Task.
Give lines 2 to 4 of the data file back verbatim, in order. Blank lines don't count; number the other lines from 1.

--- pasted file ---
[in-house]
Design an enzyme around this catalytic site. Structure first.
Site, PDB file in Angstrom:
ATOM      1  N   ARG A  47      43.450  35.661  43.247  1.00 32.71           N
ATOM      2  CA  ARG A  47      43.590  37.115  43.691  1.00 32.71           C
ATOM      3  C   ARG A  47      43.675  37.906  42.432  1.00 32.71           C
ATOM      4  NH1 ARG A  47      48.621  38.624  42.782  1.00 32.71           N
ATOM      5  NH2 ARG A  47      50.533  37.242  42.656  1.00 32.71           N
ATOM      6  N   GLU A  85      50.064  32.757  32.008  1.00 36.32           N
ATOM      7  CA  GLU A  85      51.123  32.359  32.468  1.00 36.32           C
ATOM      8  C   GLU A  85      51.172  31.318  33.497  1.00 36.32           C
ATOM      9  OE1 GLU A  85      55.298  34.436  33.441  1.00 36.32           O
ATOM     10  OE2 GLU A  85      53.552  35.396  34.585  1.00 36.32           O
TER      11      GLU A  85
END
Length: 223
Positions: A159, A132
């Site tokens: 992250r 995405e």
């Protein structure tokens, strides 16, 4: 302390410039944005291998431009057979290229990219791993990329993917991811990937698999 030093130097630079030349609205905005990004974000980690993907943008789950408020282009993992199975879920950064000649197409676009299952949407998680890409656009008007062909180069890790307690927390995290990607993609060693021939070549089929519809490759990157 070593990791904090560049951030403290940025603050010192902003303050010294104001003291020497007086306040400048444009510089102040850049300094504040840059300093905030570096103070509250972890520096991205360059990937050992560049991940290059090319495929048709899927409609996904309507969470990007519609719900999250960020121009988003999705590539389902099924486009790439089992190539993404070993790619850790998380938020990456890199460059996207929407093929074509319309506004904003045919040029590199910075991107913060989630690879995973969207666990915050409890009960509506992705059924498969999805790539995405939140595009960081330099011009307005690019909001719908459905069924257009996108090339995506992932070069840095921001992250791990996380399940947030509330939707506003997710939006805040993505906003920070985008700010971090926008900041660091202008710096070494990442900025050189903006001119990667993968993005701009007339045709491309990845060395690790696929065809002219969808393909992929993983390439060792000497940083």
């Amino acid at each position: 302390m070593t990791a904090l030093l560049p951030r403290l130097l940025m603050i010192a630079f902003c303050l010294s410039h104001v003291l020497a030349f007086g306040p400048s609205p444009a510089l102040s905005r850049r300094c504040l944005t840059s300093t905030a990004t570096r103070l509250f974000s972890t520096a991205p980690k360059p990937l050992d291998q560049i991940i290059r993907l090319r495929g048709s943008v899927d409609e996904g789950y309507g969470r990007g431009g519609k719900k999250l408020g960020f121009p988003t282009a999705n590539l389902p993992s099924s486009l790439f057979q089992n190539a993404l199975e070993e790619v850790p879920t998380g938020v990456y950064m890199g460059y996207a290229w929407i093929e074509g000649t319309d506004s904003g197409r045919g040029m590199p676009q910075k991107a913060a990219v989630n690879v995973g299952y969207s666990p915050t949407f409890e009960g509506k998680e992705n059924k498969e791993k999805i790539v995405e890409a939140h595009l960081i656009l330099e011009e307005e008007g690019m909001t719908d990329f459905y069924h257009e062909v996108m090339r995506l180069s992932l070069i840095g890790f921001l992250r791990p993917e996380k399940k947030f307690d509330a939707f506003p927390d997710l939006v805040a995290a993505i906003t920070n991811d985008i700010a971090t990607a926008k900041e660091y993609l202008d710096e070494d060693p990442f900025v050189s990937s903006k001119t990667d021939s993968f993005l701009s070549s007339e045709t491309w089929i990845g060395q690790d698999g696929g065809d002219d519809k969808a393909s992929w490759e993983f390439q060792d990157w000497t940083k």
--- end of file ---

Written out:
Design an enzyme around this catalytic site. Structure first.
Site, PDB file in Angstrom:
ATOM      1  N   ARG A  47      43.450  35.661  43.247  1.00 32.71           N